I don’t see any way around it.  I’ve been writing about movies here now for the better part of the past year, so I can no more ignore the Academy Awards than I could Christmas, or politics, try as I might.  It just finds its way into the thinking.


Someone [couldn’t have been me] once referred to the Oscar ceremony as “the gay Super Bowl” and as frattish a description as that may be, I have to recognize the kernel of truth there.  Fashion play-by-play, red carpets, weepy speeches, dance numbers, catty comments, fashion commentary, and see you next year.  Gay.  Nothing wrong with that at all, but the fact remains:  Gay.


Beyond that, though, it seems that everyone these days gets worked up over these awards, even though the results only really affect the lives of the folks involved in the making and selling of movies.  I like watching the show as much as anybody, but I get weirded out by all the debating that goes on around the Oscars, by pros and laymen alike.  My feeling is that the naming of anything as the “best” of anything is completely subjective, and besides, the eventual outcome rarely syncs up with my own personal perspective.  I’ve effectively removed myself from all Oscar pools and prognosticating because of this reason.  There’s often a disparity between what I suspect and predict will win awards, and what I wish would win awards, and I think all of it probably distracts from my purpose here and elsewhere, which is all about love – my love of movies, and how they help us communicate with each other and generally make our days just a little bit better.  I’m not here to bag on anybody if I can help it; I’m here to champion the stuff I like.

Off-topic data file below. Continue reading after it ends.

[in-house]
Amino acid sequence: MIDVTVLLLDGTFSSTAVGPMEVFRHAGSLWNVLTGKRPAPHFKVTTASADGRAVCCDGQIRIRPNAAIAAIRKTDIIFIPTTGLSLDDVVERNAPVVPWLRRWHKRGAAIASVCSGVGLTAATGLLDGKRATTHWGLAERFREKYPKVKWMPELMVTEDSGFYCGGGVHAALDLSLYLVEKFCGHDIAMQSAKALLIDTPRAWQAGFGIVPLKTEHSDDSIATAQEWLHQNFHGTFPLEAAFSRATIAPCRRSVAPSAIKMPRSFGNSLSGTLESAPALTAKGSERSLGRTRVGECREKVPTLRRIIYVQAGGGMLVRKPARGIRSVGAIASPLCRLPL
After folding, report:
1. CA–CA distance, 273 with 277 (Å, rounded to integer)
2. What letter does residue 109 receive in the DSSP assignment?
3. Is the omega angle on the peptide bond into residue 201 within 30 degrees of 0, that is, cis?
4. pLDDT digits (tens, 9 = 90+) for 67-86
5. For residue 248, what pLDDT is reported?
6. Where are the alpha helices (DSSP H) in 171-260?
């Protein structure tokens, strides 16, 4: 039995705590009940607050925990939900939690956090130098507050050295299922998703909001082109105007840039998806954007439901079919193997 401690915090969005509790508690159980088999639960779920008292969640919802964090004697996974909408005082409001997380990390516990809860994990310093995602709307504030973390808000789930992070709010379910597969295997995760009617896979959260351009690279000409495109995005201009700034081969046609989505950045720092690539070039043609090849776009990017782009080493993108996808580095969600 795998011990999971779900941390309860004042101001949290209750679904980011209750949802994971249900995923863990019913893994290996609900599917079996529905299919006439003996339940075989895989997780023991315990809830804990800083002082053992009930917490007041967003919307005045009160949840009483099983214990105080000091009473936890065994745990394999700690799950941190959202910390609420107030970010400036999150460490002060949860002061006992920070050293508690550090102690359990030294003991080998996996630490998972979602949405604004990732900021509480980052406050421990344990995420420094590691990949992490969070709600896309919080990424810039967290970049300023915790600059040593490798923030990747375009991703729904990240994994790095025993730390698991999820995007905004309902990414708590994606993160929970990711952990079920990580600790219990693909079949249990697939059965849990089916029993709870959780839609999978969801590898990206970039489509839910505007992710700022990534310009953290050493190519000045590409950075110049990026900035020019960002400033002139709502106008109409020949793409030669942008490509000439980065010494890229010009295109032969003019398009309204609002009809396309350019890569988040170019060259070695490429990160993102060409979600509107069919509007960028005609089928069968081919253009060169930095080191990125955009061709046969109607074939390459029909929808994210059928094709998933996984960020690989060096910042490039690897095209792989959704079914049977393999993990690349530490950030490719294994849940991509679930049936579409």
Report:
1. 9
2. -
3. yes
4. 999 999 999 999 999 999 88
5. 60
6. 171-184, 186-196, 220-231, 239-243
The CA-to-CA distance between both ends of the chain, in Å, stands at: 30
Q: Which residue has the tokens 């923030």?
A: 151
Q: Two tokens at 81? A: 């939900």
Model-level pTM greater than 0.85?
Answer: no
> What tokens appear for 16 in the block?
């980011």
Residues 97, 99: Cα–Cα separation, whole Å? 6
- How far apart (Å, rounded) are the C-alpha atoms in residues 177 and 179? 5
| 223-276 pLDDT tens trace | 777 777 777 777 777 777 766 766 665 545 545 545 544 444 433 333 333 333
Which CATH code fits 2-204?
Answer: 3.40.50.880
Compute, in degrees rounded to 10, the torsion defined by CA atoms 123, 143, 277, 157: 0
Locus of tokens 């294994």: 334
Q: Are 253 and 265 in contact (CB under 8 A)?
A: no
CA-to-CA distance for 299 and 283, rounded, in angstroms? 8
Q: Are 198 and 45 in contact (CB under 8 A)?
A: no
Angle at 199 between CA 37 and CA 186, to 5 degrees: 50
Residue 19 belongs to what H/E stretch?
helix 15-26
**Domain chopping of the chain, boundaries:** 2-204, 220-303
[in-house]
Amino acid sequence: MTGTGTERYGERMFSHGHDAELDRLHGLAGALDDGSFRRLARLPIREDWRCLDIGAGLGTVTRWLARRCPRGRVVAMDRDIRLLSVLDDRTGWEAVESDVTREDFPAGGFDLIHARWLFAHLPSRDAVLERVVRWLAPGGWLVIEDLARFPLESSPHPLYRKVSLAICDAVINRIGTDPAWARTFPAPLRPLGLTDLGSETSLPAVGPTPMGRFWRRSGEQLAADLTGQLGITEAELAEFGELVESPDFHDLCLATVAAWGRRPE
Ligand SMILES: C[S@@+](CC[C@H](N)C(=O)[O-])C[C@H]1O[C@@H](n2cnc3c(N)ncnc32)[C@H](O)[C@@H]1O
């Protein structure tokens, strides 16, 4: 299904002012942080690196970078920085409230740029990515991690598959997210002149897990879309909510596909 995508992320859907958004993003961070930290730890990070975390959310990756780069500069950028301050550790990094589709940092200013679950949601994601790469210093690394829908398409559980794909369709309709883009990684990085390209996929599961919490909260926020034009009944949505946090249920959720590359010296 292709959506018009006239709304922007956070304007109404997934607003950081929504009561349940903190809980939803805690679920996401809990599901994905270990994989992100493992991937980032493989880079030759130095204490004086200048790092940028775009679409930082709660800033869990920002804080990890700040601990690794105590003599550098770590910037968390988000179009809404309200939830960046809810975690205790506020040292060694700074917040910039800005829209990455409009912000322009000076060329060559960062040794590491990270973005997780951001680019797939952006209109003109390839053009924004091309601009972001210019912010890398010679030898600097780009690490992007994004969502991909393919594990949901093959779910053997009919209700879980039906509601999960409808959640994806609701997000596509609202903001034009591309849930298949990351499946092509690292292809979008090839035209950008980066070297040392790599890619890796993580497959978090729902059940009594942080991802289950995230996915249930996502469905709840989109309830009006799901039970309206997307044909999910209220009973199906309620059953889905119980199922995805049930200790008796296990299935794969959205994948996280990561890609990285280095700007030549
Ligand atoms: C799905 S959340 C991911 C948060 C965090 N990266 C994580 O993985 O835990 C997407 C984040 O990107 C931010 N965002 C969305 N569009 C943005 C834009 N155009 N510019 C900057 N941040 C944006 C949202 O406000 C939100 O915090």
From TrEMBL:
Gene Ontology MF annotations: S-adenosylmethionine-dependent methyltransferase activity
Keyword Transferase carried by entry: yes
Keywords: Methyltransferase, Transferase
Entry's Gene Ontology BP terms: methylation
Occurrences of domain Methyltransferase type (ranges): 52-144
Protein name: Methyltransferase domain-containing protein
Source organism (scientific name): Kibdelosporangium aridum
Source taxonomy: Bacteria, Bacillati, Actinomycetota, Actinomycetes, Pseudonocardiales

That said, once the gambling and prognosticating aspects are removed from the discussion, I don’t see a problem with letting you know some of what and who I will be rooting for most, come Sunday…




Best Original Screenplay


Frozen River, Courtney Hunt

Happy-Go-Lucky, Mike Leigh

In Bruges, Martin McDonagh

Milk, Dustin Lance Black

Wall-E, Andrew Stanton, Jim Reardon, Pete Docter



Didn’t see the former pair.  Loved the latter pair.  But In Bruges was my favorite overall movie of last year, and that had plenty to do with the way it was written.  So this category is a no-brainer for me.  I’m happy to see it nominated – any attention this sweet little flick gets is good for the world.  If you take nothing else away from this column, it would be the emphatic recommendation that you watch In Bruges.  Again, if you’ve already done.


Best Adapted Screenplay


The Curious Case of Benjamin Button, Eric Roth

Doubt, John Patrick Shanley

Frost/Nixon, Peter Morgan

The Reader, David Hare

Slumdog Millionaire, Simon Beaufoy


Frankly, Doubt is the only one I can compare original-to-adaptation with any authority, but I imagine that I’d be choosing that script as my favorite of these five even if I hadn’t seen the play before the movie.  In many ways it’s a very simple story – the morality of the thing is what makes it complex.  But original playwright turned writer-director John Patrick Shanley made smart, economical, and character-building choices in the process of expanding it from a four-character stage show to a wider cinematic canvas.  There’s no guarantee that what makes a good play will make a good movie, but I can guarantee to you that in this case both works are equally good… hence my endorsement.



Best Supporting Actress


Amy Adams, Doubt

Penelope Cruz, Vicky Cristina Barcelona

Viola Davis, Doubt

Taraji P. Henson, The Curious Case of Benjamin Button

Marisa Tomei, The Wrestler